When there is a need for your dentist to perform a root canal, that usually means circumstances are dire. That kind of advice signifies that you have serious decay concerns, or an infection that needs to be addressed so that your tooth can be saved. It is a very involved, tough process, and there have been patients who’ve said that their tooth pain worsened after.
The Root Canal
A root canal, formally known as endodontic therapy, is performed when the pulp material inside the tooth is damaged, inflamed, or infected, and needs to be removed. Depending on the situation, the nerve may have to be taken out as well. Once that is accomplished, the tooth is then sealed with the use of a crown, and then it can begin the process of healing. The recovery is not quick by any means, and things will calm down only after some time.
If the tooth was especially painful or inflamed, getting the root canal procedure may momentarily aggravate the area. This will, in turn, cause you far more discomfort than usual. More often than not, the residual pain is the result of stretching on what holds the tooth in place: periodontal fibres and ligaments. They will be inflamed by either the infection or the root canal.
Since the offending nerve is so suddenly severed from other major nerves that run along the route your gums and jaws do, sometimes there is a “ghost” nerve pain that occurs. Additionally, given that your jaws will be opened wide for some time while your dentist works, there could also be soreness in the area.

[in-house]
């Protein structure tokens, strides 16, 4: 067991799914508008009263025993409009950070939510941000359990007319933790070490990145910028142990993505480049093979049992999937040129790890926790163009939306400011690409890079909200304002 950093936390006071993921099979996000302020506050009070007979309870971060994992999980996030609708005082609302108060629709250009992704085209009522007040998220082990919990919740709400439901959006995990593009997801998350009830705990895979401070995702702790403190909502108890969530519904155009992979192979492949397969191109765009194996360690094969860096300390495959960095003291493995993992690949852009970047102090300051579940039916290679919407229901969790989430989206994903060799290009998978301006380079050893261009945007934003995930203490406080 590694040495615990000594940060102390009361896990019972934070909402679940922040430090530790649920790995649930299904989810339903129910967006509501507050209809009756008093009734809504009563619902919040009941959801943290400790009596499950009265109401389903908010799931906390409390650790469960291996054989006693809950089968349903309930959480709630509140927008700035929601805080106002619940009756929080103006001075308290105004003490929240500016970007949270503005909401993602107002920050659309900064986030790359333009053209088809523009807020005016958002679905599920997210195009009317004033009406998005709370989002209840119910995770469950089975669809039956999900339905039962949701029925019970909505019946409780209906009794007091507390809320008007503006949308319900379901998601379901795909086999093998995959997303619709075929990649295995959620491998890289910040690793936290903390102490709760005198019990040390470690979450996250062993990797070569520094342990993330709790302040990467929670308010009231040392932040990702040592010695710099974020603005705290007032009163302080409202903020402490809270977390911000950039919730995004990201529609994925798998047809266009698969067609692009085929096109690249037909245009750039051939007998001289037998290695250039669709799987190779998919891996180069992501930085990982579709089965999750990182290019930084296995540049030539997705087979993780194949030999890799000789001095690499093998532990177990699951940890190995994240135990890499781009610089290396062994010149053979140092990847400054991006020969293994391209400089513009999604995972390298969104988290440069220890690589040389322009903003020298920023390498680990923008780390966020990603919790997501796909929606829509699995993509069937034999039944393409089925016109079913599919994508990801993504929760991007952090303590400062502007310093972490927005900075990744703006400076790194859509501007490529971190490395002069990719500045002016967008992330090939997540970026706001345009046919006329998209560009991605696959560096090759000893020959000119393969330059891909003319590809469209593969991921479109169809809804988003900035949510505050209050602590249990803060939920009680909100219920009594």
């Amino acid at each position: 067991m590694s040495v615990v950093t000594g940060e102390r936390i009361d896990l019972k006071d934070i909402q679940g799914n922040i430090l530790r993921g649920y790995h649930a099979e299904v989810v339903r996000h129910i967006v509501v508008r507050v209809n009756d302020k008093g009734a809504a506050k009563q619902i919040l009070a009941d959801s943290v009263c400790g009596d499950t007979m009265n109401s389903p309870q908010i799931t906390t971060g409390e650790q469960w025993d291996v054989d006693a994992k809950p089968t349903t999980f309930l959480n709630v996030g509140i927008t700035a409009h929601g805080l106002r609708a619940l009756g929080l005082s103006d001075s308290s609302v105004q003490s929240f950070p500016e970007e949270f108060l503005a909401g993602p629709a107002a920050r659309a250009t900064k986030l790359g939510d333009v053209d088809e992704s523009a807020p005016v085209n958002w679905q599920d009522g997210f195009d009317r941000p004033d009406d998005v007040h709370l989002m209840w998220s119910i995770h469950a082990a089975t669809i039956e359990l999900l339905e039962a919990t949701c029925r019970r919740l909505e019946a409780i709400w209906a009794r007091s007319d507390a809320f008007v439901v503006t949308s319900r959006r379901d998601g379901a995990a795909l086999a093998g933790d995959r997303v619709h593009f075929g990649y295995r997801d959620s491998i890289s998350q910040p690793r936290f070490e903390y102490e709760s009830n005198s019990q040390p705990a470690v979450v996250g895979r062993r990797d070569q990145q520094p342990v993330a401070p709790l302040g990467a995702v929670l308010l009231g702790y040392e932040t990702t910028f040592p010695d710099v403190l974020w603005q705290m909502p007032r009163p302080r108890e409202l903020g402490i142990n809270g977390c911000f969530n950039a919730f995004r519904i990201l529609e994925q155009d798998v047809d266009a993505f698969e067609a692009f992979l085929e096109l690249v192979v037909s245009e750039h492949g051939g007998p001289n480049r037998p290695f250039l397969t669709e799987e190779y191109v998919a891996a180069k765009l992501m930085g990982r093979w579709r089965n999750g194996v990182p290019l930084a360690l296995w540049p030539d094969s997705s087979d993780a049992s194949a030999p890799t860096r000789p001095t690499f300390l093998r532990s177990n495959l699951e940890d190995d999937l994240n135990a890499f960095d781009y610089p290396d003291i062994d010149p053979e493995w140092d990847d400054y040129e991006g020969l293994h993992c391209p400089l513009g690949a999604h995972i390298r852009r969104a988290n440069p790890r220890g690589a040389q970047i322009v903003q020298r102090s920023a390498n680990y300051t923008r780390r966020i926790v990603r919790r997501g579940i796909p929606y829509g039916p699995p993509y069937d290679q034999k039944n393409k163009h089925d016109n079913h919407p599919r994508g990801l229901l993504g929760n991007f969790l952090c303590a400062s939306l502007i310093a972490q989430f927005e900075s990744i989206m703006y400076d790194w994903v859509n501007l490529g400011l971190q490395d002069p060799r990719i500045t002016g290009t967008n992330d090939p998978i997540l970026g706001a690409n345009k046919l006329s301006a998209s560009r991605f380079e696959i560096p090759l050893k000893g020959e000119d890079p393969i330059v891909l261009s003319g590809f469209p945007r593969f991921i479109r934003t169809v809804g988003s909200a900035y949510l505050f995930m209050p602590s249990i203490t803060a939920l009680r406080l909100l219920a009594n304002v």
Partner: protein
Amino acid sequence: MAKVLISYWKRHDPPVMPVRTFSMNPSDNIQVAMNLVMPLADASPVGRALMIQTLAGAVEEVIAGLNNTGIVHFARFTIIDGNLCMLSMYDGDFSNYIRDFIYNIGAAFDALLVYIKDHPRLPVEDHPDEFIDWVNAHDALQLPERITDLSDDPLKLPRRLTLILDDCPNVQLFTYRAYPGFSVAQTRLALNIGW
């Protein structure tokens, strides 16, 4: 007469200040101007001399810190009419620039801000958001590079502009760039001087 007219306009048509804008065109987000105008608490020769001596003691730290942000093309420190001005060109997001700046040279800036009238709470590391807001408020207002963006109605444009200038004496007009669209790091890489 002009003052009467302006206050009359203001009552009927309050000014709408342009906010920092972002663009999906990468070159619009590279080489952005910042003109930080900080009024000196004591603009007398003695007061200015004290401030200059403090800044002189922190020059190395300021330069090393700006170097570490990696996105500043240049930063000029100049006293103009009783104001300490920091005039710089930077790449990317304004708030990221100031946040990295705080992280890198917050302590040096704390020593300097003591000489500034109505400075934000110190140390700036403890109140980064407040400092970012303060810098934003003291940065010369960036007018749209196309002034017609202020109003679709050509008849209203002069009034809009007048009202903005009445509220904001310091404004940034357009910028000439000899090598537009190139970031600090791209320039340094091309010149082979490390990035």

There are several things you can do to alleviate your pain after getting a root canal done.
- Avoid crunchy or hard food – Try your best to stick to soft foods only following your root canal. This way, you will not be aggravating your teeth or jaws.
- Chew with caution – Where possible, don’t use your healing tooth to chew at all. Chew your food on the side that did not undergo the root canal.
- Follow your dentist’s instructions closely – Your dentist will definitely be looking to help you heal quickly, including alleviating residual pain. There can be reminders specific to your case, and even prescriptions. Make sure to check in regarding your progress regularly.
- Report any signs of infection – If you experience bleeding, fever, pus, redness or swelling, call your dentist immediately.
- Take prescribed antibiotics or medication on schedule – Medicines are incredibly important, and they work best when taken the intended way. However, it is possible to be allergic to medication and consulting your dentist should any side effects seem to occur is key.
Getting a root canal is serious, and recovery is not easy, but your dental health will flourish in the long run. Luckily, there are ways to heal from the procedure that may take a while, but are quite effective. Ensure that you trust your dentist, follow their post-treatment care tips, and work closely with them as you recover.
Are you in need of dental care services you can trust? 67th Street Dental is here for you! We are a family dental practice with complete services, from basic to full cosmetic dental makeovers for both children and adults.